American Journal of Physiology. Gastrointestinal and Liver Physiology vol:284 issue:6 pages:G1084-92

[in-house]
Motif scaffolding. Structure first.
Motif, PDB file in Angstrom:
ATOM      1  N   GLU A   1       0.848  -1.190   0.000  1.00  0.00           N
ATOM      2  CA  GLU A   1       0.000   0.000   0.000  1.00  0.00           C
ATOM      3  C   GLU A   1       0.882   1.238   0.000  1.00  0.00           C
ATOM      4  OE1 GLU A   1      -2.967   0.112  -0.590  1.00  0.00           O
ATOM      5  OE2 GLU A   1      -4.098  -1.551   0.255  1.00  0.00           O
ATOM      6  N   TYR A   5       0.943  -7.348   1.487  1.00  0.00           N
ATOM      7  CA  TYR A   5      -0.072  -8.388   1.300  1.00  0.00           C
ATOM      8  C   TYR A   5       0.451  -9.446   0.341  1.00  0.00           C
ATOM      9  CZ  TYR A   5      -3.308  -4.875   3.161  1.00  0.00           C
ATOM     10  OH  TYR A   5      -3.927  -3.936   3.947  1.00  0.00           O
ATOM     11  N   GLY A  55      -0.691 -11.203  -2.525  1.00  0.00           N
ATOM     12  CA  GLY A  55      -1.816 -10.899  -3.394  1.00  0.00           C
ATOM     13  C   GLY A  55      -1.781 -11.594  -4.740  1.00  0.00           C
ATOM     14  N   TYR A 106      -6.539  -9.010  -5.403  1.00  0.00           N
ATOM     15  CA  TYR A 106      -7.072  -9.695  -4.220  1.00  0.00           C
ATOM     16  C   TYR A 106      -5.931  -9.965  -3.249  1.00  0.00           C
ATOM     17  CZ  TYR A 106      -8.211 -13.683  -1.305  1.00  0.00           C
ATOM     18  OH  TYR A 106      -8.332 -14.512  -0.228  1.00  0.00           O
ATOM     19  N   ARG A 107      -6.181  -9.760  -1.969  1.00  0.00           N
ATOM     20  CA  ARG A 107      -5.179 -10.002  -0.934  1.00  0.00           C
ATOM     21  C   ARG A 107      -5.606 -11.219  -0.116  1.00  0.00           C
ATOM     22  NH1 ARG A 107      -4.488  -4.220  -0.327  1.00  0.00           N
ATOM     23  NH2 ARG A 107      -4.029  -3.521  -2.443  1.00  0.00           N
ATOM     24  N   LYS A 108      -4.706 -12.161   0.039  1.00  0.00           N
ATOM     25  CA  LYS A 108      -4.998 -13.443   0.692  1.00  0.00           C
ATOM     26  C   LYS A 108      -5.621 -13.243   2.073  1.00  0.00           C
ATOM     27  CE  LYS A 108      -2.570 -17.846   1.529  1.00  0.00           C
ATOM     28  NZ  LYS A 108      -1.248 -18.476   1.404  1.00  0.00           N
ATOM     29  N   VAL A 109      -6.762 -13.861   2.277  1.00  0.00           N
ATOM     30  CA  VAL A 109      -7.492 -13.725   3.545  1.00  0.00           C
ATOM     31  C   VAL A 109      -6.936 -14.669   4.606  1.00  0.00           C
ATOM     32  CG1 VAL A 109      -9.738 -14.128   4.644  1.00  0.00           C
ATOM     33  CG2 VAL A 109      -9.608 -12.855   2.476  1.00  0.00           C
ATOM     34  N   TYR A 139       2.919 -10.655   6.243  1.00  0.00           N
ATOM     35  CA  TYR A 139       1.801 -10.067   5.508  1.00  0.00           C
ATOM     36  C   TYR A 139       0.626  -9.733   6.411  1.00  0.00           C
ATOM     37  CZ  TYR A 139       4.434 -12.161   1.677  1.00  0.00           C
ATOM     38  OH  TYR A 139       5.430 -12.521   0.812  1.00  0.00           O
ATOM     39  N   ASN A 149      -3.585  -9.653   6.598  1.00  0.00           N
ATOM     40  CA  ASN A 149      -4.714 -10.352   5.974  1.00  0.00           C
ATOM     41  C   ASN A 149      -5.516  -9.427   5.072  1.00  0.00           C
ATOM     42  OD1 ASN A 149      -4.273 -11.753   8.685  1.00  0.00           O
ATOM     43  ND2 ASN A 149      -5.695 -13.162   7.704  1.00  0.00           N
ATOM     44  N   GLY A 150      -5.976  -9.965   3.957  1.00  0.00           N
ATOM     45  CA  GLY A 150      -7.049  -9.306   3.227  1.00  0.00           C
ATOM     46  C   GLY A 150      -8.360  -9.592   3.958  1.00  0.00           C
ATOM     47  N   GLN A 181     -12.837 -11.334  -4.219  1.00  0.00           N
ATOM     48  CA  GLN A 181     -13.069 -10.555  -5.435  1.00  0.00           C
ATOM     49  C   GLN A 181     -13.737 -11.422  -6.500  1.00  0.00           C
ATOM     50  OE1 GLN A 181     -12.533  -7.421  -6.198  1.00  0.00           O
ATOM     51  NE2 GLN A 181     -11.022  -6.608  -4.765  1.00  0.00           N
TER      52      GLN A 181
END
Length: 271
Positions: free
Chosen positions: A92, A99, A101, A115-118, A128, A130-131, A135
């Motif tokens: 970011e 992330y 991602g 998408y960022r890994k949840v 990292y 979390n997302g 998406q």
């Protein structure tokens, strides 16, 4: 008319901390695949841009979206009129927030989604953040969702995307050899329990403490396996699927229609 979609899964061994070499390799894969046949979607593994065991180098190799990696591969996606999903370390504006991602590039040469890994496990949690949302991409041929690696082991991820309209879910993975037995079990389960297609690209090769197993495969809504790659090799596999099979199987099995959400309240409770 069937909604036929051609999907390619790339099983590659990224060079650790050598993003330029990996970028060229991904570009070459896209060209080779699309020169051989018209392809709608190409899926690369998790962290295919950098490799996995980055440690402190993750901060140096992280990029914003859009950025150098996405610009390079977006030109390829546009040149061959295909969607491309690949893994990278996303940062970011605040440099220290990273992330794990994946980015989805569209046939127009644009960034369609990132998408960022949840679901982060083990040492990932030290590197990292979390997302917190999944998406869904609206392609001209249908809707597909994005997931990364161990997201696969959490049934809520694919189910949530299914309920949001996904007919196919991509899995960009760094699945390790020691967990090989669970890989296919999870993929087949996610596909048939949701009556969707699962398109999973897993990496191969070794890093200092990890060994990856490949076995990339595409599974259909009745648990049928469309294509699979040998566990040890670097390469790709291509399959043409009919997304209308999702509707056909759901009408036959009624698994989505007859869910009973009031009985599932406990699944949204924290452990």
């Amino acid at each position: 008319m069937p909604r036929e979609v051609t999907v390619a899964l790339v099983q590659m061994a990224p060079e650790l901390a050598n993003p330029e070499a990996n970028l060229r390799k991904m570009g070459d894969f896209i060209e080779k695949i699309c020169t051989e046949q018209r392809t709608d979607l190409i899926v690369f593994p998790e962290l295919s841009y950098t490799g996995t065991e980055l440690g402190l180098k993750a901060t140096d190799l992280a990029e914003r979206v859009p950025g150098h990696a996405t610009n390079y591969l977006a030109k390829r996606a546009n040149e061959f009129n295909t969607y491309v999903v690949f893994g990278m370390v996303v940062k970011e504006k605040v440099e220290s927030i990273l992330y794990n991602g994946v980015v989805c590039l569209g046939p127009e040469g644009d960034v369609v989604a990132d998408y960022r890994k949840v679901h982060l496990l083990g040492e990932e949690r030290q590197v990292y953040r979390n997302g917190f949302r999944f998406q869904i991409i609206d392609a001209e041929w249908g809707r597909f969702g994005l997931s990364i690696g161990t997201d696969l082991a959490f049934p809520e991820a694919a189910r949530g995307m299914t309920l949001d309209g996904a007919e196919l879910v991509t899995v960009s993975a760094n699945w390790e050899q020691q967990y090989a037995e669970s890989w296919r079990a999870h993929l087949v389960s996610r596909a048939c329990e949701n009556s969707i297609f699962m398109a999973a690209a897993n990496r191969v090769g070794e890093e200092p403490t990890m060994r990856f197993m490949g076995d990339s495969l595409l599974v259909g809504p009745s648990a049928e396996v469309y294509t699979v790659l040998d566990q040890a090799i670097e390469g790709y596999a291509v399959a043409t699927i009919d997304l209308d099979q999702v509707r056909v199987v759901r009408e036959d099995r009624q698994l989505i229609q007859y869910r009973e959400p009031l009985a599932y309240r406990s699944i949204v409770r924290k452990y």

The myenteric plexus plays a key role in the control of gastrointestinal motility. We used confocal calcium imaging to study responses to electrical train stimulation (ETS) of interganglionic fiber tracts in entire myenteric ganglia of the guinea pig small intestine. ETS induced calcium transients in a subset of neurons: 52.2% responded to oral ETS, 65.4% to aboral ETS, and 71.7% to simultaneous oral and aboral ETS. A total of 41.3% of the neurons displayed convergence of oral and aboral ETS-induced responses. Responses could be reversibly blocked with TTX (10(-)6 M), demonstrating involvement of neuronal conduction, and by removal of extracellular calcium. omega-Conotoxin (5 x 10(-7) M) blocked the majority of responses and reduced the amplitude of residual responses by 45%, indicating the involvement of N-type calcium channels. Staining for calbindin and calretinin did not reveal different response patterns in these immunohistochemically identified neurons. We conclude that, at least for ETS close to a ganglion, confocal calcium imaging reveals complex oral and aboral input to individual myenteric neurons rather than a polarization in spread of activity.